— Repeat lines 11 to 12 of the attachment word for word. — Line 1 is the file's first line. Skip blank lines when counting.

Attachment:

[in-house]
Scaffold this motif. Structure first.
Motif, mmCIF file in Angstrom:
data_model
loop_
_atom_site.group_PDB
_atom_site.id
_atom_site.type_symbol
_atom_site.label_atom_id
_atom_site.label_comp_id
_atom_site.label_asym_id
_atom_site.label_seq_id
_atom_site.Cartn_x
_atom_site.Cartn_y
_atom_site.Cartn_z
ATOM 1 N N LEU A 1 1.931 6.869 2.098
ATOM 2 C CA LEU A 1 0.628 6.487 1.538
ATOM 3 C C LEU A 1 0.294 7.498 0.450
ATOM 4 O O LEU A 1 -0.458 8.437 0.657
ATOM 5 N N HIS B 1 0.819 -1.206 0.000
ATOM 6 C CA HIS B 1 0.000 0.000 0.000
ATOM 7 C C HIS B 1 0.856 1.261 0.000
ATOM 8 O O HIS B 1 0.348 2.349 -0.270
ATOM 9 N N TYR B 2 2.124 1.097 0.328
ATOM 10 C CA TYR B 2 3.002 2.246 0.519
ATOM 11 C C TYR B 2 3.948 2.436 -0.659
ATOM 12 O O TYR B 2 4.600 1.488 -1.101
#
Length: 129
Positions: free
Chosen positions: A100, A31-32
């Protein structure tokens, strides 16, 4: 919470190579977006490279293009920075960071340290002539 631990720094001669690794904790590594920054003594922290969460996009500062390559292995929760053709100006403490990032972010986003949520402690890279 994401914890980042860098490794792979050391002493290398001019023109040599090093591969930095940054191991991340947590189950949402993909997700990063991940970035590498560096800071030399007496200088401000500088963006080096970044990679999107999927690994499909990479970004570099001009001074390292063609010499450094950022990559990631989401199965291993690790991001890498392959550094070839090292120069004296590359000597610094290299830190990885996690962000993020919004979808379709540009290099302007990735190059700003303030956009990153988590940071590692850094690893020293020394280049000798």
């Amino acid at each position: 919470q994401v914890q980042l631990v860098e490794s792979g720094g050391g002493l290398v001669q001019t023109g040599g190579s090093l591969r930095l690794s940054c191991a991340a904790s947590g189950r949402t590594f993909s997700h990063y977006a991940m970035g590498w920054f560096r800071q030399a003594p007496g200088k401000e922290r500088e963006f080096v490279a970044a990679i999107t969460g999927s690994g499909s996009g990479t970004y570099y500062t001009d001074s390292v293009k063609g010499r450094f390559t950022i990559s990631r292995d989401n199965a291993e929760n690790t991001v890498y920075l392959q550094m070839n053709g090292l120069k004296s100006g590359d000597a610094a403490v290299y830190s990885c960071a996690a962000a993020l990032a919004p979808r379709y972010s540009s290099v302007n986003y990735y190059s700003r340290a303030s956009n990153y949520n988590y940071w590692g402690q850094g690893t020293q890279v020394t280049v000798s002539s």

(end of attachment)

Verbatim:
_atom_site.label_asym_id
_atom_site.label_seq_id